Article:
English has emerged as the language of choice for nearly four out of five Indian students who wished to pursue an undergraduate degree in medicine, edging out regional languages.
Data gleaned from the National Eligibility cum Entrance Test (NEET) showed that while 79.1% of aspirants gave their entrance examination in English, only 12.8% opted for Hindi and an even lower 8.12% for all other regional languages combined. Excluding English and Hindi, 3.7% of the total registered candidates of NEET gave their exams in Gujarati, 2.29% in Bengali and 1.07% in Tamil.
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The clear preference for taking the entrance examination in English comes at a time the new National Education Policy (NEP) is trying to make education more inclusive by promoting local languages. The NEP has suggested that “wherever possible, the medium of instruction until at least Grade 5, but preferably till Grade 8 and beyond, will be the home language/mother tongue/local language/regional language”.
While it is an established fact that students are better able to grasp concepts when they are learning in their mother tongues, the unavailability of quality science books and other reading materials in regional languages poses a barrier to students who choose their own languages as the medium of instruction.
“The NEET data holds up a mirror to the ground realities of education and medium of education and preference language of education. NEET data shows that 79.1% in 2020 have opted for English medium exam, which is a meagre 0.23 percentage point less than in 2019. But if you look at the actual number of candidates who had registered for English as the mode of exam, it is 59,000 more this year when compared with last year,” said a government official, requesting anonymity.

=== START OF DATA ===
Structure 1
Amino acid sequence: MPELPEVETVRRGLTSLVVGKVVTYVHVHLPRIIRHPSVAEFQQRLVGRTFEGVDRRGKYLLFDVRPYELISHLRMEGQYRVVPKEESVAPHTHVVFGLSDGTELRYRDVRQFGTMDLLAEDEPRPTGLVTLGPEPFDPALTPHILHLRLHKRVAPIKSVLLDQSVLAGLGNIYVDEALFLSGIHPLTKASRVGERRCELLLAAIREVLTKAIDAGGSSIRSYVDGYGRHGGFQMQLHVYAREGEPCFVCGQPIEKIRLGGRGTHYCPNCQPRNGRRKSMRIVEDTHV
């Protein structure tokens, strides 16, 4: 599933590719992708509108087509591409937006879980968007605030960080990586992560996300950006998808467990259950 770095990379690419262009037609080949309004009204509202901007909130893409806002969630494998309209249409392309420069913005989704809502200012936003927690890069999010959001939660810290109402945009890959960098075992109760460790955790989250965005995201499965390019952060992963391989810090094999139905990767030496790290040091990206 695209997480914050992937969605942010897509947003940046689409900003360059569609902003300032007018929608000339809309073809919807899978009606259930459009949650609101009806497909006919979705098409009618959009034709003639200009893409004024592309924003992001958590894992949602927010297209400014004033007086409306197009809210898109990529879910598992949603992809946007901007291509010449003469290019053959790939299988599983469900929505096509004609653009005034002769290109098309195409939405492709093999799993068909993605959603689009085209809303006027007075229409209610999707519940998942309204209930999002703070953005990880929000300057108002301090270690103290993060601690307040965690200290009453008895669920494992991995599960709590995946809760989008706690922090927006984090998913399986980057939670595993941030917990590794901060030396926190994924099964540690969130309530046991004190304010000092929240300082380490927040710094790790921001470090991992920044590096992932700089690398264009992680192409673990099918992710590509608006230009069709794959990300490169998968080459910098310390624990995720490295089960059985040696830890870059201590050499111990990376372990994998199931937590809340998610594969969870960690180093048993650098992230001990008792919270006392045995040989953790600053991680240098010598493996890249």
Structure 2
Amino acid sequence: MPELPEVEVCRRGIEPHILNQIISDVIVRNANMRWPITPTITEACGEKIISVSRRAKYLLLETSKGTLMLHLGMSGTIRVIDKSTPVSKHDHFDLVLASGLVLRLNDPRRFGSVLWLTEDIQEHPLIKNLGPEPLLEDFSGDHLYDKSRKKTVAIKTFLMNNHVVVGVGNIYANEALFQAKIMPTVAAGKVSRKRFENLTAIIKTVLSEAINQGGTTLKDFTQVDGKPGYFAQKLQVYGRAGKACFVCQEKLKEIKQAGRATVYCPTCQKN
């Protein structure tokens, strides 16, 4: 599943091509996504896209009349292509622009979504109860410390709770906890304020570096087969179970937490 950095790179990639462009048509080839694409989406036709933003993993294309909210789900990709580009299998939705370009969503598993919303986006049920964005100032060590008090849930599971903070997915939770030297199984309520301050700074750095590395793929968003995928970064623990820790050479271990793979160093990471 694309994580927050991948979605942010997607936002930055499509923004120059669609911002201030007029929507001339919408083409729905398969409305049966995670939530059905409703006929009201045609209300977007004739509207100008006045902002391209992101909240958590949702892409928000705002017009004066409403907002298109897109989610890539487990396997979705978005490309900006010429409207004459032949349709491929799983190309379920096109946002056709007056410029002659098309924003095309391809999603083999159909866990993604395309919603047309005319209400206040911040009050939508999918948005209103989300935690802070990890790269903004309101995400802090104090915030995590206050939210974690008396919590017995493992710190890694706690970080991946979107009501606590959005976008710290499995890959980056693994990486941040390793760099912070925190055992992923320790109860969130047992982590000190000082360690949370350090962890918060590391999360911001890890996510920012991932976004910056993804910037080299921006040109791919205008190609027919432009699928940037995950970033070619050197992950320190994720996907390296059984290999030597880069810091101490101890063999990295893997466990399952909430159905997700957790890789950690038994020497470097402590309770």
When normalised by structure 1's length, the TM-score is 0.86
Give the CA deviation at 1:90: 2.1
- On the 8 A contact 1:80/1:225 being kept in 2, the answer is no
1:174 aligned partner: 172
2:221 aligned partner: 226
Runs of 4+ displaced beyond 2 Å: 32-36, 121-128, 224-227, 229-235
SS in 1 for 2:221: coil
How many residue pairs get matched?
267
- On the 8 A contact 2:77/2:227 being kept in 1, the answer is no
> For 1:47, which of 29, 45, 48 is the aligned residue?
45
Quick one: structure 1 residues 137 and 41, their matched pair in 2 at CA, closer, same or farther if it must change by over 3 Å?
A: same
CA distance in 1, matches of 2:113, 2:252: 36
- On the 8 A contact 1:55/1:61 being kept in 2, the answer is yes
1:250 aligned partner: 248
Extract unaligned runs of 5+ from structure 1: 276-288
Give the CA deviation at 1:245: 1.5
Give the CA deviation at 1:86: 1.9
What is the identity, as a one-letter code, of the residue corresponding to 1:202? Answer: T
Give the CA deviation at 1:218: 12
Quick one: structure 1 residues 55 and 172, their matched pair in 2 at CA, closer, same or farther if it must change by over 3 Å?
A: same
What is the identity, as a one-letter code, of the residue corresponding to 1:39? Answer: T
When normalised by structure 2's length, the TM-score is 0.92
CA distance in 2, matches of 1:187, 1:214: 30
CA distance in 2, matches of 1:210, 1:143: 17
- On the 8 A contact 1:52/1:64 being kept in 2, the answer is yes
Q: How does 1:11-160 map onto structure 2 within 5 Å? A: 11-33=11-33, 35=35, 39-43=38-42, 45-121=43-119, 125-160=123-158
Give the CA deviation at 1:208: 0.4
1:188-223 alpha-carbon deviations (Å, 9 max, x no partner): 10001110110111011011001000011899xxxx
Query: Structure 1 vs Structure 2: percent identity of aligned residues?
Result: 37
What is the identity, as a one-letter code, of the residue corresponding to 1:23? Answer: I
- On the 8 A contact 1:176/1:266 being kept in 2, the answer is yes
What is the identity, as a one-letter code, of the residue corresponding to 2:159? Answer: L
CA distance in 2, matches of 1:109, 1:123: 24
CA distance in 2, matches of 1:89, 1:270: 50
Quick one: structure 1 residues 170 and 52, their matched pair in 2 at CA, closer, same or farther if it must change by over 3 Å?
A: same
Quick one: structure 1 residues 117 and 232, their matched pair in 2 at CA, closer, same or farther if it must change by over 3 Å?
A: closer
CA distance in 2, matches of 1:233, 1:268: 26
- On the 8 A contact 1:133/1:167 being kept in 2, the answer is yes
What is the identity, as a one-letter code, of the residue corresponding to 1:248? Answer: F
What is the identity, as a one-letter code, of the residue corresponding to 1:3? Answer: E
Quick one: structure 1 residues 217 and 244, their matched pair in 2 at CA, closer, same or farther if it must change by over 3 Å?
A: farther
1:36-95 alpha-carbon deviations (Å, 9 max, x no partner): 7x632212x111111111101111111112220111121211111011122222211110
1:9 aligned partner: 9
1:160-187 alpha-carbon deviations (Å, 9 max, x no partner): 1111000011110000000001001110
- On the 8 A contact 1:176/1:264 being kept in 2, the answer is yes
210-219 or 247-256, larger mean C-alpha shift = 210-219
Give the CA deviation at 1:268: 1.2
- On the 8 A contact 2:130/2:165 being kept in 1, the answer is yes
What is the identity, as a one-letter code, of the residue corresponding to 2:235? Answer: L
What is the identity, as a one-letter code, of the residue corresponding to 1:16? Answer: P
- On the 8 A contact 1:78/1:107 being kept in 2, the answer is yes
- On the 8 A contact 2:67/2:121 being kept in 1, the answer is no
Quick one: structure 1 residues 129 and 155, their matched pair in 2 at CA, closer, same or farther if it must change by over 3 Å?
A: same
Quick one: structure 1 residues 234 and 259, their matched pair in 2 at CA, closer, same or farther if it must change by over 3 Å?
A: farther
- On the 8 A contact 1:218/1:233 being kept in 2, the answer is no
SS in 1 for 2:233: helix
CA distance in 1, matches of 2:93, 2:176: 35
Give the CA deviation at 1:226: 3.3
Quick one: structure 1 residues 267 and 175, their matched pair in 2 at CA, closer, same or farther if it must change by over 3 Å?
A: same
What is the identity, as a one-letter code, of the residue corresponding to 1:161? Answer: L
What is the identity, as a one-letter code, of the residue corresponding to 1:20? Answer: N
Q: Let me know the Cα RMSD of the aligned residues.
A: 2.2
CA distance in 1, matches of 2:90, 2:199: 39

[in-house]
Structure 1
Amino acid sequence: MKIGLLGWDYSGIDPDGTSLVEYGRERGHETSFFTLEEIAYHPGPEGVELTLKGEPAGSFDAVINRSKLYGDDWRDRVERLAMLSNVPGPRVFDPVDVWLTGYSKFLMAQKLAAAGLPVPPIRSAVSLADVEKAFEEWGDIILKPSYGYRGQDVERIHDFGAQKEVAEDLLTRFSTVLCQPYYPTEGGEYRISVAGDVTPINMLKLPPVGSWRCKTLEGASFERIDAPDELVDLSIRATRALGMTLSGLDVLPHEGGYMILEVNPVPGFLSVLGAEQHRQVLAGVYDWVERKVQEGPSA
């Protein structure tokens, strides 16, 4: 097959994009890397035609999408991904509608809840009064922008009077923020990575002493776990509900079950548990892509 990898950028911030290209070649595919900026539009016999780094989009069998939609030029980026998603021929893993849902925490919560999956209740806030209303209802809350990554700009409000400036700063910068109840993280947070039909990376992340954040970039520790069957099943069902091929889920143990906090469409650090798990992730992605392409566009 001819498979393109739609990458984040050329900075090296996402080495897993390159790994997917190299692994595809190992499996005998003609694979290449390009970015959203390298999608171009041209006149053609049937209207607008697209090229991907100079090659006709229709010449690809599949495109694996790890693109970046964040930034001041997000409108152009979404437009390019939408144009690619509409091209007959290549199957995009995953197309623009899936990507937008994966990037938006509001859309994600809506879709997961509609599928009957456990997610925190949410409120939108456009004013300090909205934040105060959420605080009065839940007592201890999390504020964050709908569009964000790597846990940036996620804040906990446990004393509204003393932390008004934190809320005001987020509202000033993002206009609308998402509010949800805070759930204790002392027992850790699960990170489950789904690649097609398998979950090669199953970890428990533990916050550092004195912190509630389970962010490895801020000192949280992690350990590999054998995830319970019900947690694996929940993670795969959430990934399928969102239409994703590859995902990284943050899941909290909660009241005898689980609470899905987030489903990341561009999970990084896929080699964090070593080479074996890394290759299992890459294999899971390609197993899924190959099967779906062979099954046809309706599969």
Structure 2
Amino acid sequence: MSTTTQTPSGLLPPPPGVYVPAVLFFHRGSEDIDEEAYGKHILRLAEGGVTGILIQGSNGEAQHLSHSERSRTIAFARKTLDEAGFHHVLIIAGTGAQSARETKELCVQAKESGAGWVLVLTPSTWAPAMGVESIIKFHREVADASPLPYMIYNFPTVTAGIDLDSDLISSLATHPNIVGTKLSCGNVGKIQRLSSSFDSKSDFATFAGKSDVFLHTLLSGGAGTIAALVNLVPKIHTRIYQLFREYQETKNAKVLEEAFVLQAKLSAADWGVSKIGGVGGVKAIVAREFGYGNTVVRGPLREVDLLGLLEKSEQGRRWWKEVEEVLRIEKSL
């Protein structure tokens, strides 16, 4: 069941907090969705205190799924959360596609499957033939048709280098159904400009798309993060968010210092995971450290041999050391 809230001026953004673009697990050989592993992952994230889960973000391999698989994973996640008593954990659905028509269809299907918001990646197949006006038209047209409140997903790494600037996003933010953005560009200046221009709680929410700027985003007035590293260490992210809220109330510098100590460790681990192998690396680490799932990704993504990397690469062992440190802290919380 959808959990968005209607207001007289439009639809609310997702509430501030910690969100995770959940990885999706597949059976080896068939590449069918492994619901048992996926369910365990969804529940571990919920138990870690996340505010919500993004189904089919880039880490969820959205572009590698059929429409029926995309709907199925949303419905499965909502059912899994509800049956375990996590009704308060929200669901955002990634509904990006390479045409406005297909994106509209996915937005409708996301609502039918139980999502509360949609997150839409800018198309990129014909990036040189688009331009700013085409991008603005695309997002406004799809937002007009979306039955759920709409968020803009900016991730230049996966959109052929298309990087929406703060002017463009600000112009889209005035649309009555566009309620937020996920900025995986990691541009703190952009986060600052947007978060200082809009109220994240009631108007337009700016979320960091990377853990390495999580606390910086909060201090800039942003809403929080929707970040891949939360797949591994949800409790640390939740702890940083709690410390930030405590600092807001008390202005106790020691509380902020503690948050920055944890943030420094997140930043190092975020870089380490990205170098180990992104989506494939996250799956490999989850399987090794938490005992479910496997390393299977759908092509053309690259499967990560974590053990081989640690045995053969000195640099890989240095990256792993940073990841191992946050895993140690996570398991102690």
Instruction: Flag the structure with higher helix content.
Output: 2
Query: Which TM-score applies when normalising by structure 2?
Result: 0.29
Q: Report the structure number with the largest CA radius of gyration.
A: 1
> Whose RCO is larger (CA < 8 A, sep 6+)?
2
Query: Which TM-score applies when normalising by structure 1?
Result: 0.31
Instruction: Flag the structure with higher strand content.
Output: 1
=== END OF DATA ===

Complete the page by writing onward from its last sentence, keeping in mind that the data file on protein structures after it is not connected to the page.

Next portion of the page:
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“There is growth in Tamil, Bengali and Hindi medium students, although their overall numbers are very small,” said the official cited above. Nearly 1.6 million students registered for NEET this year.
Education experts said there are reasons why English will remain a dominant medium in higher education. “The government school system across the country has largely failed students in offering quality education. The growth of private schools and coaching institutions is because of this reason primarily. Besides, English is seen by the lower middle class as an aspirational medium of instruction,” said Pramod Maheswari, managing director and chief executive of Career Point Ltd, a company that prepares students for taking competitive exams.
“One must also remember that English has now got merged with vernacular language. People who are teaching in Hindi or Telugu use a fair amount of English vocabulary. So, the medium of instruction is English with a regional accent. And most of the reference books and school materials are in English. It’s the ground reality,” said Maheswari, an alumnus of IIT Delhi.
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